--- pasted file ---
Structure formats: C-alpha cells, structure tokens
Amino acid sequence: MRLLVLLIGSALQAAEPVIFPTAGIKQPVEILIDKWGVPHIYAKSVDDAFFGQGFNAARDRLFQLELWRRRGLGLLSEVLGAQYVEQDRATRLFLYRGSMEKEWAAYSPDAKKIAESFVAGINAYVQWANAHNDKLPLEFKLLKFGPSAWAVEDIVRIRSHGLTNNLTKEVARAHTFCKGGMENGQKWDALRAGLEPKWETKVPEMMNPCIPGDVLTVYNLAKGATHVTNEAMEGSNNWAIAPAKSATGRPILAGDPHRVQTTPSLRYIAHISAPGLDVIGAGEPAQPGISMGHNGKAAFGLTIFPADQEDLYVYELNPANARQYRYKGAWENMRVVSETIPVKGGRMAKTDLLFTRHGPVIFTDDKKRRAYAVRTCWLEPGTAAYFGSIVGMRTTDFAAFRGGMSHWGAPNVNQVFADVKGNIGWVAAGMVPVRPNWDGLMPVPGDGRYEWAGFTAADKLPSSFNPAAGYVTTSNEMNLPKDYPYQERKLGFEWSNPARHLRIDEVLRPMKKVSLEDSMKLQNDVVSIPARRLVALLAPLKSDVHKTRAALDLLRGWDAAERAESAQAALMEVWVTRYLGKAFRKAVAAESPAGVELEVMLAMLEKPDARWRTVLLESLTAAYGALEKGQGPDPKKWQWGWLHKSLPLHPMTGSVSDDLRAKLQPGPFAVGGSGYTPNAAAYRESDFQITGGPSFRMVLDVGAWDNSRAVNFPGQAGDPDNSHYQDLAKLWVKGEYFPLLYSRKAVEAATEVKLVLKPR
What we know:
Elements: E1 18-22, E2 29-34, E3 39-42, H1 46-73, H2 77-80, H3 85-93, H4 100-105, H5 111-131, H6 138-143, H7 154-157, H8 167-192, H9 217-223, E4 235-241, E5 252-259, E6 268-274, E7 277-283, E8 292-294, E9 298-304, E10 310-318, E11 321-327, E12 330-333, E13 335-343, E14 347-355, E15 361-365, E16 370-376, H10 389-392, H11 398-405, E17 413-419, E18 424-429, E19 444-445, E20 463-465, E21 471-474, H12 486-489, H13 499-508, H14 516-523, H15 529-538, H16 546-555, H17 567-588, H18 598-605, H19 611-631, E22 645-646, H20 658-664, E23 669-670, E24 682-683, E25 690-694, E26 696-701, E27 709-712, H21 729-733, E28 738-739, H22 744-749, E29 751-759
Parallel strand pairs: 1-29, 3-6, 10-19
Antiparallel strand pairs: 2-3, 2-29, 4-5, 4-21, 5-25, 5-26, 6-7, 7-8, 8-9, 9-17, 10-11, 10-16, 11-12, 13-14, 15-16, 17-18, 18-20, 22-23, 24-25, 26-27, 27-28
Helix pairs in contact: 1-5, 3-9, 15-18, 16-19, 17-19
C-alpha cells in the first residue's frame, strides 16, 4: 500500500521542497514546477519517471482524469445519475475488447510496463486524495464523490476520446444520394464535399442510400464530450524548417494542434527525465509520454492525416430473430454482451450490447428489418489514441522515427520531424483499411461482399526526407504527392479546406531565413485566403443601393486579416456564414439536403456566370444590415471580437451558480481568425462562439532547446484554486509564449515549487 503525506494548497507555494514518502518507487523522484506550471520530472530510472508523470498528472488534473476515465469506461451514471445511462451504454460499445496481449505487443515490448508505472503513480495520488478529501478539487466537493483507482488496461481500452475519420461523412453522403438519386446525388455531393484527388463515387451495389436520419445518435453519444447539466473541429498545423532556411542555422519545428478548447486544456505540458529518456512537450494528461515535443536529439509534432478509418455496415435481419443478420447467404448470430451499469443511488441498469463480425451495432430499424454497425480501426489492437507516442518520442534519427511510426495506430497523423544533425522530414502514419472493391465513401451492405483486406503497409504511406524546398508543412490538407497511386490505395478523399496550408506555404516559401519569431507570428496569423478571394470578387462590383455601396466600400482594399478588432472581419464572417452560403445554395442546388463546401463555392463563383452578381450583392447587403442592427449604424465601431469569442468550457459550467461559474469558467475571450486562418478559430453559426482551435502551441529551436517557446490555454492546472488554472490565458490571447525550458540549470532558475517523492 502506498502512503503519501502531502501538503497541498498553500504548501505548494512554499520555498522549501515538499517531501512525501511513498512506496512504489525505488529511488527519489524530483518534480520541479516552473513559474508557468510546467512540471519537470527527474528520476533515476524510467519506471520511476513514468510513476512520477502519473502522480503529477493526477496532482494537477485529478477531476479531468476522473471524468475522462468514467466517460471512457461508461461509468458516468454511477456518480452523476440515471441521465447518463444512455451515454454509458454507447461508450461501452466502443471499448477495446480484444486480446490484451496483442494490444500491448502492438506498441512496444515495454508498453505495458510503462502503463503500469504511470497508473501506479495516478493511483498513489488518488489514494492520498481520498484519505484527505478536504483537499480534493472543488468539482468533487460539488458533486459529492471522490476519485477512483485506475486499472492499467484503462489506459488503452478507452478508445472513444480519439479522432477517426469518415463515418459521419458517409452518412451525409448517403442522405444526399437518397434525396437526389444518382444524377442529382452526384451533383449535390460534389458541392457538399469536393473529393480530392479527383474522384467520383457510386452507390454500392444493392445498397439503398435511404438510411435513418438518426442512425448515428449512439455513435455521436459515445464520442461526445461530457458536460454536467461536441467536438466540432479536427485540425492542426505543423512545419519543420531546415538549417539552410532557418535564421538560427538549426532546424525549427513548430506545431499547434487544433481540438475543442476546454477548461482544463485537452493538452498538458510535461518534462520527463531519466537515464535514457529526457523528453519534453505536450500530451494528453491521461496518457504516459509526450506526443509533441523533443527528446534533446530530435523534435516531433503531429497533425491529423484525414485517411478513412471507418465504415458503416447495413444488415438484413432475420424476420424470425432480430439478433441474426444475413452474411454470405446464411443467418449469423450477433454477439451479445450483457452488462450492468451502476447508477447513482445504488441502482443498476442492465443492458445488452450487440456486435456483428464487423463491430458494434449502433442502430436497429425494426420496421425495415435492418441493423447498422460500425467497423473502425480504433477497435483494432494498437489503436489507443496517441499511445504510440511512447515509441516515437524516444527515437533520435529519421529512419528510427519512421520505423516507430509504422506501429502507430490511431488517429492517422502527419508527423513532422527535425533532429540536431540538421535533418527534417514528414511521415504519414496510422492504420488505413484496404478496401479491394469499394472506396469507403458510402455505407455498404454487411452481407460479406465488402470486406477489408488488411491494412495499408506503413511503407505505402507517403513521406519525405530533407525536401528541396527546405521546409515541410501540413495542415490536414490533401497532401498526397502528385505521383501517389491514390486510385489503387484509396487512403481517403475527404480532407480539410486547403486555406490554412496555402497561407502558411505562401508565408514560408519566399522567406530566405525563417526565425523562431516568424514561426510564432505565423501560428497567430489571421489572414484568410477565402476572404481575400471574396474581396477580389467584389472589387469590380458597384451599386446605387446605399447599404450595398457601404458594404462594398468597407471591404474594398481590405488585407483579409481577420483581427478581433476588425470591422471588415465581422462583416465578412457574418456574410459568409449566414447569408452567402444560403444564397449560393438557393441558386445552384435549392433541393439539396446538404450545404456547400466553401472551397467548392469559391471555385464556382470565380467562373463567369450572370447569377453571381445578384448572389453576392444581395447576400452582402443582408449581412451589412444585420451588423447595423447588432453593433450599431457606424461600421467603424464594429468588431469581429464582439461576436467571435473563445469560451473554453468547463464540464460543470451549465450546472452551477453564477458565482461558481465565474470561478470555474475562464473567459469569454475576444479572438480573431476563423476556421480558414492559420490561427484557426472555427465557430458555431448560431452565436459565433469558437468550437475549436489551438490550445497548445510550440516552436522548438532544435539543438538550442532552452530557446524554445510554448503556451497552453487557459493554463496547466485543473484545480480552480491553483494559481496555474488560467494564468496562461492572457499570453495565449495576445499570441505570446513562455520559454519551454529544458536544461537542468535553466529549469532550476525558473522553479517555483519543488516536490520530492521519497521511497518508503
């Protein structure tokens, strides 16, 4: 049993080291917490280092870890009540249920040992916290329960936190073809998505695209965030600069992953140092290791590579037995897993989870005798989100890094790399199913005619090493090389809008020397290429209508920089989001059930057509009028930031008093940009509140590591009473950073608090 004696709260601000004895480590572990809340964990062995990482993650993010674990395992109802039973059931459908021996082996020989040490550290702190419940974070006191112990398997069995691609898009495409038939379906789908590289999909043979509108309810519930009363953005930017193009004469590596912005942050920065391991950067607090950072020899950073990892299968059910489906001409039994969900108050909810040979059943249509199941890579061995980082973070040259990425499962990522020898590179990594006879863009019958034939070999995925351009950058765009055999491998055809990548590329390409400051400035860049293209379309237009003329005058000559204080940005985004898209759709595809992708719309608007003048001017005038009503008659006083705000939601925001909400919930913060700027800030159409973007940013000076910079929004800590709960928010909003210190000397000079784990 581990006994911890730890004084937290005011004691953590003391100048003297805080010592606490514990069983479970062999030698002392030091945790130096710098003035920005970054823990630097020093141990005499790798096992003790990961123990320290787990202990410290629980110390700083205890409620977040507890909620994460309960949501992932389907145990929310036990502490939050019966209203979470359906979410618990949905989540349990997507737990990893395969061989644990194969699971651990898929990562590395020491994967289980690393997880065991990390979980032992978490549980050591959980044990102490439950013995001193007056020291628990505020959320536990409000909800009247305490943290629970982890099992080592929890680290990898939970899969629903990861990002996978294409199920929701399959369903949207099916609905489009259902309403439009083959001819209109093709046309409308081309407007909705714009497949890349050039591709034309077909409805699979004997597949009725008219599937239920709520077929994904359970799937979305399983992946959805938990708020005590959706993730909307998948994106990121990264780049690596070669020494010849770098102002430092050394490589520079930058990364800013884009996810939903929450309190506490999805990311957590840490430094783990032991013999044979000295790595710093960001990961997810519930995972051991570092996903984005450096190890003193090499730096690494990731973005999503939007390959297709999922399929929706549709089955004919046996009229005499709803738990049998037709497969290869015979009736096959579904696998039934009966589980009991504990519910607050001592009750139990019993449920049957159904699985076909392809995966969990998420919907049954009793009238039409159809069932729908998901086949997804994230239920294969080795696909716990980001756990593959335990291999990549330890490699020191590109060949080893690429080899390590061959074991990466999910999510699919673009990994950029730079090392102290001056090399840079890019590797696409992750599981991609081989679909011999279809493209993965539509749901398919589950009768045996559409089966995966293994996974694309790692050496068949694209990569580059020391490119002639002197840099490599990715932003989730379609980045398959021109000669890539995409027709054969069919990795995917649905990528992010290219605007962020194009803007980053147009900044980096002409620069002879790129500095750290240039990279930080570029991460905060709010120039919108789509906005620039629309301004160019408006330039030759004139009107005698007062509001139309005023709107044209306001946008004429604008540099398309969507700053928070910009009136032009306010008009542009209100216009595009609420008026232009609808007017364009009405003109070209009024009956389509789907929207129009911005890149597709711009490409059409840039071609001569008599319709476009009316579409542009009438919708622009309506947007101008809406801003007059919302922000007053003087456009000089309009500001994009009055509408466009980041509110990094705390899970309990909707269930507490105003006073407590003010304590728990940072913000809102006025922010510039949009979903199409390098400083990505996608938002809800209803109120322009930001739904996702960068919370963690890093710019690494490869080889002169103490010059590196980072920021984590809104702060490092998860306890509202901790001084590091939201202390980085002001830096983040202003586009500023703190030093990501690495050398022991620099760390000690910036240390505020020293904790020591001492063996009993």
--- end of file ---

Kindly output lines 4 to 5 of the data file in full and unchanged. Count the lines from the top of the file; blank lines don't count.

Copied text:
Elements: E1 18-22, E2 29-34, E3 39-42, H1 46-73, H2 77-80, H3 85-93, H4 100-105, H5 111-131, H6 138-143, H7 154-157, H8 167-192, H9 217-223, E4 235-241, E5 252-259, E6 268-274, E7 277-283, E8 292-294, E9 298-304, E10 310-318, E11 321-327, E12 330-333, E13 335-343, E14 347-355, E15 361-365, E16 370-376, H10 389-392, H11 398-405, E17 413-419, E18 424-429, E19 444-445, E20 463-465, E21 471-474, H12 486-489, H13 499-508, H14 516-523, H15 529-538, H16 546-555, H17 567-588, H18 598-605, H19 611-631, E22 645-646, H20 658-664, E23 669-670, E24 682-683, E25 690-694, E26 696-701, E27 709-712, H21 729-733, E28 738-739, H22 744-749, E29 751-759
Parallel strand pairs: 1-29, 3-6, 10-19